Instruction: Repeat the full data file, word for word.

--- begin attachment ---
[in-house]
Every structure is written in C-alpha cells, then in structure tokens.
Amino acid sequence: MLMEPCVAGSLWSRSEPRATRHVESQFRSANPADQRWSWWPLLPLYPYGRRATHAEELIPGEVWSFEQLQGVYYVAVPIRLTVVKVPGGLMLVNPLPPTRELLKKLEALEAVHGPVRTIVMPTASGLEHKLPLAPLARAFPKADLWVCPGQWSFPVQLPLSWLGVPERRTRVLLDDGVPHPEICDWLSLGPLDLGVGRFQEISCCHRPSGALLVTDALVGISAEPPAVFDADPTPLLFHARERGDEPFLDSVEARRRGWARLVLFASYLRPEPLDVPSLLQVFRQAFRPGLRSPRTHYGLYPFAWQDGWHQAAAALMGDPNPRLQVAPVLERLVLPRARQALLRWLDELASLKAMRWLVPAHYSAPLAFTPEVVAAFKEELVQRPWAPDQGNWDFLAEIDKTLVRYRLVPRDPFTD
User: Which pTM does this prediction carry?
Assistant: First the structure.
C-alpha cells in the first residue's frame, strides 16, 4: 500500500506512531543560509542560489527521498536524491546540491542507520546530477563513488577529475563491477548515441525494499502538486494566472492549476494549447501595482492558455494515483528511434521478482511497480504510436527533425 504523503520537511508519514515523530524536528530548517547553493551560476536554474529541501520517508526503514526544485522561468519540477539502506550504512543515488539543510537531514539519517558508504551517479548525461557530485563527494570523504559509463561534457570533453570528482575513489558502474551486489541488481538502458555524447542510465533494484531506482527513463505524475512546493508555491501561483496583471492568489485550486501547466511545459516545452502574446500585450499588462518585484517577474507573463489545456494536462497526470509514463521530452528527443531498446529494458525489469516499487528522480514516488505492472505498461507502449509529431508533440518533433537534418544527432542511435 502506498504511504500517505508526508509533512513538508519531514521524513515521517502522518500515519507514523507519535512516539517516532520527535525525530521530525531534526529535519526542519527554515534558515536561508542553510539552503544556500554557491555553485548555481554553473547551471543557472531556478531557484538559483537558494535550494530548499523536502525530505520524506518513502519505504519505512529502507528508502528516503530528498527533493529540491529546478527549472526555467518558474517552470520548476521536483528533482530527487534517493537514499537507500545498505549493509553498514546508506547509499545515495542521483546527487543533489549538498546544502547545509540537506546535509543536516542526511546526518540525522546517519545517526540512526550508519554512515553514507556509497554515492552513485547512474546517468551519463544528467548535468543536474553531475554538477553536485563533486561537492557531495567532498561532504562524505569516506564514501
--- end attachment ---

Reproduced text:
[in-house]
Every structure is written in C-alpha cells, then in structure tokens.
Amino acid sequence: MLMEPCVAGSLWSRSEPRATRHVESQFRSANPADQRWSWWPLLPLYPYGRRATHAEELIPGEVWSFEQLQGVYYVAVPIRLTVVKVPGGLMLVNPLPPTRELLKKLEALEAVHGPVRTIVMPTASGLEHKLPLAPLARAFPKADLWVCPGQWSFPVQLPLSWLGVPERRTRVLLDDGVPHPEICDWLSLGPLDLGVGRFQEISCCHRPSGALLVTDALVGISAEPPAVFDADPTPLLFHARERGDEPFLDSVEARRRGWARLVLFASYLRPEPLDVPSLLQVFRQAFRPGLRSPRTHYGLYPFAWQDGWHQAAAALMGDPNPRLQVAPVLERLVLPRARQALLRWLDELASLKAMRWLVPAHYSAPLAFTPEVVAAFKEELVQRPWAPDQGNWDFLAEIDKTLVRYRLVPRDPFTD
User: Which pTM does this prediction carry?
Assistant: First the structure.
C-alpha cells in the first residue's frame, strides 16, 4: 500500500506512531543560509542560489527521498536524491546540491542507520546530477563513488577529475563491477548515441525494499502538486494566472492549476494549447501595482492558455494515483528511434521478482511497480504510436527533425 504523503520537511508519514515523530524536528530548517547553493551560476536554474529541501520517508526503514526544485522561468519540477539502506550504512543515488539543510537531514539519517558508504551517479548525461557530485563527494570523504559509463561534457570533453570528482575513489558502474551486489541488481538502458555524447542510465533494484531506482527513463505524475512546493508555491501561483496583471492568489485550486501547466511545459516545452502574446500585450499588462518585484517577474507573463489545456494536462497526470509514463521530452528527443531498446529494458525489469516499487528522480514516488505492472505498461507502449509529431508533440518533433537534418544527432542511435 502506498504511504500517505508526508509533512513538508519531514521524513515521517502522518500515519507514523507519535512516539517516532520527535525525530521530525531534526529535519526542519527554515534558515536561508542553510539552503544556500554557491555553485548555481554553473547551471543557472531556478531557484538559483537558494535550494530548499523536502525530505520524506518513502519505504519505512529502507528508502528516503530528498527533493529540491529546478527549472526555467518558474517552470520548476521536483528533482530527487534517493537514499537507500545498505549493509553498514546508506547509499545515495542521483546527487543533489549538498546544502547545509540537506546535509543536516542526511546526518540525522546517519545517526540512526550508519554512515553514507556509497554515492552513485547512474546517468551519463544528467548535468543536474553531475554538477553536485563533486561537492557531495567532498561532504562524505569516506564514501